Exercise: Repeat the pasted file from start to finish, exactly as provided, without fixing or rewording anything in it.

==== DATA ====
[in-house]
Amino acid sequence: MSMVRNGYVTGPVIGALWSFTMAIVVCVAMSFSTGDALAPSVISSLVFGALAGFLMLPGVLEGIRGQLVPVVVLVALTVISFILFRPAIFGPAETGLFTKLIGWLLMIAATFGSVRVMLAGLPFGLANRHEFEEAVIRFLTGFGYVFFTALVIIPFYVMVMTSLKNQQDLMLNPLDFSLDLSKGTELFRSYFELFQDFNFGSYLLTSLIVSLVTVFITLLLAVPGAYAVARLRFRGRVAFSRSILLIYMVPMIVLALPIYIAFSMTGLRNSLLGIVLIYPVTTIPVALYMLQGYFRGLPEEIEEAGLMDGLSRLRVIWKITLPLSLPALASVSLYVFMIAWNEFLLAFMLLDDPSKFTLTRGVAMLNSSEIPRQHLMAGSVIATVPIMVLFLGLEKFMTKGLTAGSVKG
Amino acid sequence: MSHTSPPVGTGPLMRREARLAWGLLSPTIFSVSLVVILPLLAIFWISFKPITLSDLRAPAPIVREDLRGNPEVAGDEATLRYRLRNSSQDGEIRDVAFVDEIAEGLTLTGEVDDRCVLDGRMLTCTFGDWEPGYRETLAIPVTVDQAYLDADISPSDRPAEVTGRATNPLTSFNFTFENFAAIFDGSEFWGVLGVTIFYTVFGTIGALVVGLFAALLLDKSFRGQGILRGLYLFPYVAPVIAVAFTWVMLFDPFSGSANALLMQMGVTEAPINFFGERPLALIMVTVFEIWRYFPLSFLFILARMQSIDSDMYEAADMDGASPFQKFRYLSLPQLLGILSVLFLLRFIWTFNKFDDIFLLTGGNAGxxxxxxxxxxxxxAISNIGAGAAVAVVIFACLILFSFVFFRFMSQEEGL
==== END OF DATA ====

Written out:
[in-house]
Amino acid sequence: MSMVRNGYVTGPVIGALWSFTMAIVVCVAMSFSTGDALAPSVISSLVFGALAGFLMLPGVLEGIRGQLVPVVVLVALTVISFILFRPAIFGPAETGLFTKLIGWLLMIAATFGSVRVMLAGLPFGLANRHEFEEAVIRFLTGFGYVFFTALVIIPFYVMVMTSLKNQQDLMLNPLDFSLDLSKGTELFRSYFELFQDFNFGSYLLTSLIVSLVTVFITLLLAVPGAYAVARLRFRGRVAFSRSILLIYMVPMIVLALPIYIAFSMTGLRNSLLGIVLIYPVTTIPVALYMLQGYFRGLPEEIEEAGLMDGLSRLRVIWKITLPLSLPALASVSLYVFMIAWNEFLLAFMLLDDPSKFTLTRGVAMLNSSEIPRQHLMAGSVIATVPIMVLFLGLEKFMTKGLTAGSVKG
Amino acid sequence: MSHTSPPVGTGPLMRREARLAWGLLSPTIFSVSLVVILPLLAIFWISFKPITLSDLRAPAPIVREDLRGNPEVAGDEATLRYRLRNSSQDGEIRDVAFVDEIAEGLTLTGEVDDRCVLDGRMLTCTFGDWEPGYRETLAIPVTVDQAYLDADISPSDRPAEVTGRATNPLTSFNFTFENFAAIFDGSEFWGVLGVTIFYTVFGTIGALVVGLFAALLLDKSFRGQGILRGLYLFPYVAPVIAVAFTWVMLFDPFSGSANALLMQMGVTEAPINFFGERPLALIMVTVFEIWRYFPLSFLFILARMQSIDSDMYEAADMDGASPFQKFRYLSLPQLLGILSVLFLLRFIWTFNKFDDIFLLTGGNAGxxxxxxxxxxxxxAISNIGAGAAVAVVIFACLILFSFVFFRFMSQEEGL